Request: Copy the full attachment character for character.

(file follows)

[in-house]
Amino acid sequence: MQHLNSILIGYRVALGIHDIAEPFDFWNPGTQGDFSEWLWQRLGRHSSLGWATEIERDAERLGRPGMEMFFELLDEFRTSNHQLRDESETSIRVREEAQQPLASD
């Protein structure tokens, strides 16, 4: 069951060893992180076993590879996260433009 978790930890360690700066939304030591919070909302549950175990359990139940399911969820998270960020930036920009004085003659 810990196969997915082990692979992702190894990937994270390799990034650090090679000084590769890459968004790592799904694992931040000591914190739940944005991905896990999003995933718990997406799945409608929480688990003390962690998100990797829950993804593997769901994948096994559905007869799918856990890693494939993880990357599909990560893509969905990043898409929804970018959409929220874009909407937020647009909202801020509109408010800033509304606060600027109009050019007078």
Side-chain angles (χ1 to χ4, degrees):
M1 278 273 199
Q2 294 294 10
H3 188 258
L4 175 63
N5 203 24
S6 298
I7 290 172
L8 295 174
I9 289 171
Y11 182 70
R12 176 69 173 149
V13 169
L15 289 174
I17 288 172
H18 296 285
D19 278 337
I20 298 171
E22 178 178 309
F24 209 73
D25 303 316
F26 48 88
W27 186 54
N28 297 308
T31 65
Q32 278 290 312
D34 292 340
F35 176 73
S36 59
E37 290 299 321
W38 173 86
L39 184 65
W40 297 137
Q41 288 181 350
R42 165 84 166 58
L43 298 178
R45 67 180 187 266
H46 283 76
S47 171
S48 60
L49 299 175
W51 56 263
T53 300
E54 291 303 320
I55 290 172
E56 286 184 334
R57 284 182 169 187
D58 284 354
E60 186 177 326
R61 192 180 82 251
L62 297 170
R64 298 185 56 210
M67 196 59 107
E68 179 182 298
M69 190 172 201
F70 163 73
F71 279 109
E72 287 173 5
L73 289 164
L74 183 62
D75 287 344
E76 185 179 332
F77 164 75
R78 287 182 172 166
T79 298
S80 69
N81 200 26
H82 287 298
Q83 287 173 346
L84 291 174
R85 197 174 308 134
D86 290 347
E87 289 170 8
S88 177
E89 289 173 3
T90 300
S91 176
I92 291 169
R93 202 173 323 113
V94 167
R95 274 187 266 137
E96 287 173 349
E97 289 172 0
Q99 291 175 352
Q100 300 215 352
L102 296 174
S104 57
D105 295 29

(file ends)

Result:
[in-house]
Amino acid sequence: MQHLNSILIGYRVALGIHDIAEPFDFWNPGTQGDFSEWLWQRLGRHSSLGWATEIERDAERLGRPGMEMFFELLDEFRTSNHQLRDESETSIRVREEAQQPLASD
């Protein structure tokens, strides 16, 4: 069951060893992180076993590879996260433009 978790930890360690700066939304030591919070909302549950175990359990139940399911969820998270960020930036920009004085003659 810990196969997915082990692979992702190894990937994270390799990034650090090679000084590769890459968004790592799904694992931040000591914190739940944005991905896990999003995933718990997406799945409608929480688990003390962690998100990797829950993804593997769901994948096994559905007869799918856990890693494939993880990357599909990560893509969905990043898409929804970018959409929220874009909407937020647009909202801020509109408010800033509304606060600027109009050019007078």
Side-chain angles (χ1 to χ4, degrees):
M1 278 273 199
Q2 294 294 10
H3 188 258
L4 175 63
N5 203 24
S6 298
I7 290 172
L8 295 174
I9 289 171
Y11 182 70
R12 176 69 173 149
V13 169
L15 289 174
I17 288 172
H18 296 285
D19 278 337
I20 298 171
E22 178 178 309
F24 209 73
D25 303 316
F26 48 88
W27 186 54
N28 297 308
T31 65
Q32 278 290 312
D34 292 340
F35 176 73
S36 59
E37 290 299 321
W38 173 86
L39 184 65
W40 297 137
Q41 288 181 350
R42 165 84 166 58
L43 298 178
R45 67 180 187 266
H46 283 76
S47 171
S48 60
L49 299 175
W51 56 263
T53 300
E54 291 303 320
I55 290 172
E56 286 184 334
R57 284 182 169 187
D58 284 354
E60 186 177 326
R61 192 180 82 251
L62 297 170
R64 298 185 56 210
M67 196 59 107
E68 179 182 298
M69 190 172 201
F70 163 73
F71 279 109
E72 287 173 5
L73 289 164
L74 183 62
D75 287 344
E76 185 179 332
F77 164 75
R78 287 182 172 166
T79 298
S80 69
N81 200 26
H82 287 298
Q83 287 173 346
L84 291 174
R85 197 174 308 134
D86 290 347
E87 289 170 8
S88 177
E89 289 173 3
T90 300
S91 176
I92 291 169
R93 202 173 323 113
V94 167
R95 274 187 266 137
E96 287 173 349
E97 289 172 0
Q99 291 175 352
Q100 300 215 352
L102 296 174
S104 57
D105 295 29